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Alphonsus Crater / Ranger 9 Impact Site
Alphonsus Crater / Ranger 9 Impact Site (click to enlarge)
 
 

Alphonsus Crater / Ranger 9 Impact Site
Date: 6 Apr 2010

 
Black and white image of a lunar crater with an arrow pointing to a crevasse.
Approximate position of the featured image.
Color image of volcano cone on Earth.
Sunset Crater National Monument in Flagstaff, Arizona.
Black and white image of lunar crater.
Ranger 9 image of Alphonsus in 1965.

Closeup of a fracture in the floor of Alphonsus crater. Dark pyroclastic materials are intermixed with lighter rocks and boulders from the fracture walls and all appear to have moved in streamers toward the fracture floor at upper right.

Many fractures on the Moon are seen in the floors of ancient, flat-floored highlands craters. Such fracture networks often encircle all or part of the crater floor, and in some areas they show accumulated deposits of dark volcanic material.

This NAC image above (538 m across) shows a portion of one such fracture, located in the northeastern floor of Alphonsus crater. The fracture has been mantled by a dark, fine-grained pyroclastic deposit that appears to have moved down the wall of the fracture (at left) toward the floor (out of view to the upper right).

The wall of the fracture is composed of light-colored rocks that are typical of the lunar highlands (mostly composed of anorthosite). Rocks and boulders of this bright material have also moved down the fracture wall; the largest one (near the top, center of the image) is about 8 meters across in its longest dimension.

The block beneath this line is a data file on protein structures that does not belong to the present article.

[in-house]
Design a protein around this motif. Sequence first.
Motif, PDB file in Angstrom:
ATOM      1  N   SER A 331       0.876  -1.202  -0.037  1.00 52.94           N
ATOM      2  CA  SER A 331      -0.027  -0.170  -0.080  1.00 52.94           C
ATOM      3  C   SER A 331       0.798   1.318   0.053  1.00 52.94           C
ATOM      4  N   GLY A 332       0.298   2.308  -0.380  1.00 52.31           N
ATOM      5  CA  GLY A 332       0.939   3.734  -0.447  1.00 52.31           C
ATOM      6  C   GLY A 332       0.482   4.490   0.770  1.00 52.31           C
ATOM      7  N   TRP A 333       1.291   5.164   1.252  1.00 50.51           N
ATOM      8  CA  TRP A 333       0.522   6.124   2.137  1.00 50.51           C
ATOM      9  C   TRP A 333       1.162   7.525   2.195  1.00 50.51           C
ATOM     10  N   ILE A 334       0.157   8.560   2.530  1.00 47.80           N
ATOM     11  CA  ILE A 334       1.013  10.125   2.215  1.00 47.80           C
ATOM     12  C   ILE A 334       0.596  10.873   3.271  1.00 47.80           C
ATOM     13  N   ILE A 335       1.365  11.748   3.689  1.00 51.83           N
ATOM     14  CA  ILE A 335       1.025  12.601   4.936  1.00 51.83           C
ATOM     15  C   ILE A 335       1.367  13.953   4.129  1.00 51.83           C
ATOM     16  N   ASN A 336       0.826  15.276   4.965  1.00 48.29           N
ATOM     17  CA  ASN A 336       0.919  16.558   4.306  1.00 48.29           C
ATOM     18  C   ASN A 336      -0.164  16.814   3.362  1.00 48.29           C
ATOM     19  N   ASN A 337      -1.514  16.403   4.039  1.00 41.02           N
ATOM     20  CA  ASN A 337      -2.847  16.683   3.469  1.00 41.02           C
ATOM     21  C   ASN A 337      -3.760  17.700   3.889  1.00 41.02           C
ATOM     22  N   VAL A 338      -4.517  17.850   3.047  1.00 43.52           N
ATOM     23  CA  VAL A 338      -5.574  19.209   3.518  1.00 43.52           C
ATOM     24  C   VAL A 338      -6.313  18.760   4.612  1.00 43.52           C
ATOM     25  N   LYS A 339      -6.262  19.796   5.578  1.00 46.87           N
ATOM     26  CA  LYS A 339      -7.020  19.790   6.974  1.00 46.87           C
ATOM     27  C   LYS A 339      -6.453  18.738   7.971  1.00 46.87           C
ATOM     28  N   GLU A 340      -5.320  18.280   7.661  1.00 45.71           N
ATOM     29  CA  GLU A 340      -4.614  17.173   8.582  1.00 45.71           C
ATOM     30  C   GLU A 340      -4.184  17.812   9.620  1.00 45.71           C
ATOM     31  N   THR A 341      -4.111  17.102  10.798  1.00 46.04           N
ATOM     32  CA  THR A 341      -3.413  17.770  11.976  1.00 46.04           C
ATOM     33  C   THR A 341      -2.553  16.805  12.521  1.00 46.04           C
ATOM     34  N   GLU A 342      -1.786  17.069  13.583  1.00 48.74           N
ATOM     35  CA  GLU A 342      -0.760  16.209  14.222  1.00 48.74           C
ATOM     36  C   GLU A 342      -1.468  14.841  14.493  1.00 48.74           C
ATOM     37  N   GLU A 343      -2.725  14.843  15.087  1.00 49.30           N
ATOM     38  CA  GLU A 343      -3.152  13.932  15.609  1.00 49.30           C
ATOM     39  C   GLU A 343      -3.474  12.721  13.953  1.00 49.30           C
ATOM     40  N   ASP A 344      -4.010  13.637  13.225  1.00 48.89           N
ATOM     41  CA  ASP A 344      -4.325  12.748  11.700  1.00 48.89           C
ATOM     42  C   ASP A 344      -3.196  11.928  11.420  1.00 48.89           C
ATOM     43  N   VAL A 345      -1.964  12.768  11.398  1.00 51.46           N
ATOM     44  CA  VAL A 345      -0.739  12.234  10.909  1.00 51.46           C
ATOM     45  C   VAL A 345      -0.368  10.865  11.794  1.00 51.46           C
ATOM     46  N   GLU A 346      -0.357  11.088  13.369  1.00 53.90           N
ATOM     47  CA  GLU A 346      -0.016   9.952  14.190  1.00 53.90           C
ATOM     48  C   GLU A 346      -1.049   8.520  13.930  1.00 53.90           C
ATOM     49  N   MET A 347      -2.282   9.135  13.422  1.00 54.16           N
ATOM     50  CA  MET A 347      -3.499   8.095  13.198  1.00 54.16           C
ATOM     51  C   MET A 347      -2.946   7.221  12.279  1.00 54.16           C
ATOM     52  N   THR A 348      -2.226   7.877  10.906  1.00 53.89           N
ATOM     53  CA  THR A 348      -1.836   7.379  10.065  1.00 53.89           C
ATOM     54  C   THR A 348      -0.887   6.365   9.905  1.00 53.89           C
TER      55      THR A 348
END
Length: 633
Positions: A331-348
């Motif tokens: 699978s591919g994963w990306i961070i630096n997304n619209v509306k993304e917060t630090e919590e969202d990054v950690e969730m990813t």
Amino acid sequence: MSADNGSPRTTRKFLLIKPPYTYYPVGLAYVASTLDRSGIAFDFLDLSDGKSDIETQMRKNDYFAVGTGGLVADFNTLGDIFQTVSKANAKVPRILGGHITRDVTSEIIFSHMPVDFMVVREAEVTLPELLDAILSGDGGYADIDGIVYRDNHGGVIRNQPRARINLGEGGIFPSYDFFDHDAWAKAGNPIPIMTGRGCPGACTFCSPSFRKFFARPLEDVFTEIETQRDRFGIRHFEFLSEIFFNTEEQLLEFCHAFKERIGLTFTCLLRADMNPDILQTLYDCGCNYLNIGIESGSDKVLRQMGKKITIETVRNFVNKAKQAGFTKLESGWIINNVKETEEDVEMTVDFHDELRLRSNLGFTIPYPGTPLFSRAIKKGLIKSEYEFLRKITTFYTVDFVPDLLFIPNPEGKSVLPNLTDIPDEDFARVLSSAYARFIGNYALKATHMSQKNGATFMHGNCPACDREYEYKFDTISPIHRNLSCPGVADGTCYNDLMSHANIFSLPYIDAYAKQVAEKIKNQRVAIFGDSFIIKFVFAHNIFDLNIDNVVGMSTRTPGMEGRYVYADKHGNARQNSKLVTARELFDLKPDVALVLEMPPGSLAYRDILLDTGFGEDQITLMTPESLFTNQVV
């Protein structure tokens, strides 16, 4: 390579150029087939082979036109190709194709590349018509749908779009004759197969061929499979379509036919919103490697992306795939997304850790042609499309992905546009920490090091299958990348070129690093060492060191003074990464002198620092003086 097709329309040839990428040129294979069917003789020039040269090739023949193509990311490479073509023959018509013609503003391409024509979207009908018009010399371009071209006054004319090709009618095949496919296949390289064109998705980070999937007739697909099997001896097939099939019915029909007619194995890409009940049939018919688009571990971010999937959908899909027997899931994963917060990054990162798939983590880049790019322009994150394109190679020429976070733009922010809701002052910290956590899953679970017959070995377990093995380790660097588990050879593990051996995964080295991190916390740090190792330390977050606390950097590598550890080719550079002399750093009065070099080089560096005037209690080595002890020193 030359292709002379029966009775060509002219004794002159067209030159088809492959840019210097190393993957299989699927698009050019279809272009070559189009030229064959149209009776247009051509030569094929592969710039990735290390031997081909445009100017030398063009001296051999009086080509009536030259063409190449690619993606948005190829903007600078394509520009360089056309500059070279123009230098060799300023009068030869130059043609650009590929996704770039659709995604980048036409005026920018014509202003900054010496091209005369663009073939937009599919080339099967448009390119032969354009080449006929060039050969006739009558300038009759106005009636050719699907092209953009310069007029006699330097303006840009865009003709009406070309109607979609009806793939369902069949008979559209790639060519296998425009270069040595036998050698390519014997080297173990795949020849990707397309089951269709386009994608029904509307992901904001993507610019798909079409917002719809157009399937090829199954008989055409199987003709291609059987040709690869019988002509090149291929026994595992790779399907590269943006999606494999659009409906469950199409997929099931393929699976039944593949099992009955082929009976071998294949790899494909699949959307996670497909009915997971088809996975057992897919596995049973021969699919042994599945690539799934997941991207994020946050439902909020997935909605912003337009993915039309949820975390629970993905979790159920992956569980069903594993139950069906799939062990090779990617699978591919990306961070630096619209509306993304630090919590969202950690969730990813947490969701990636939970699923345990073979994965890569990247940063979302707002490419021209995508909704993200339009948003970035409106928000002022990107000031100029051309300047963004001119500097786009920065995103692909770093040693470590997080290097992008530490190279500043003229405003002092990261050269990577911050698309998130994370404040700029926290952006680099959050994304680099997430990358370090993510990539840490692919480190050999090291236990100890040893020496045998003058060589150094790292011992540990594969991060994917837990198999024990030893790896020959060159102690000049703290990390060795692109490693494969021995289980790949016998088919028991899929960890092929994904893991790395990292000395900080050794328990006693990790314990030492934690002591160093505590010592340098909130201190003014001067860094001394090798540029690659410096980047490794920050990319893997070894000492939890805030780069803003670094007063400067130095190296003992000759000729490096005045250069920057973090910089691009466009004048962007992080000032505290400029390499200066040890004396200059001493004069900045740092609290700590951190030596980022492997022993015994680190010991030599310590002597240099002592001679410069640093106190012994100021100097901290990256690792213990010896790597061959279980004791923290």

In some areas near the top of the fracture wall, dark boulders and mantling materials are seen. It is likely that this dark volcanic material came from a nearby volcanic vent located along this fracture network.

Pyroclastic deposits such as those observed in Alphonsus crater are formed by violently explosive eruptions of basaltic magma and may have formed in conjunction with massive outpourings of surface lava flows to the west in nearby Mare Nubium.

According to Harry Hiesinger and others (2003), the mare deposits in Mare Nubium are ancient, about 3.2 to 3.5 billion years old.

If Alphonsus pyroclastic deposits and Mare Nubium were indeed related, then it is likely that the Alphonsus pyroclastic deposits are about the same age.

The Alphonsus pyroclastic deposits are sometimes associated with low cones that have symmetric dark 'haloes'; these cones resemble cinder cones or small volcanoes on Earth (such as Sunset Crater in Arizona pictured on the right).

In part because of these fascinating volcanoes in the floor of Alphonsus, this area was considered as a possible landing site for the Apollo 16 and Apollo 17 missions.

The Ranger 9 spacecraft impacted in Alphonsus to the northeast of the central peak.

Scientific interest in this crater remains high, and so Alphonsus is a high-priority target for future expeditions to the Moon.

Credit: NASA/GSFC/Arizona State University



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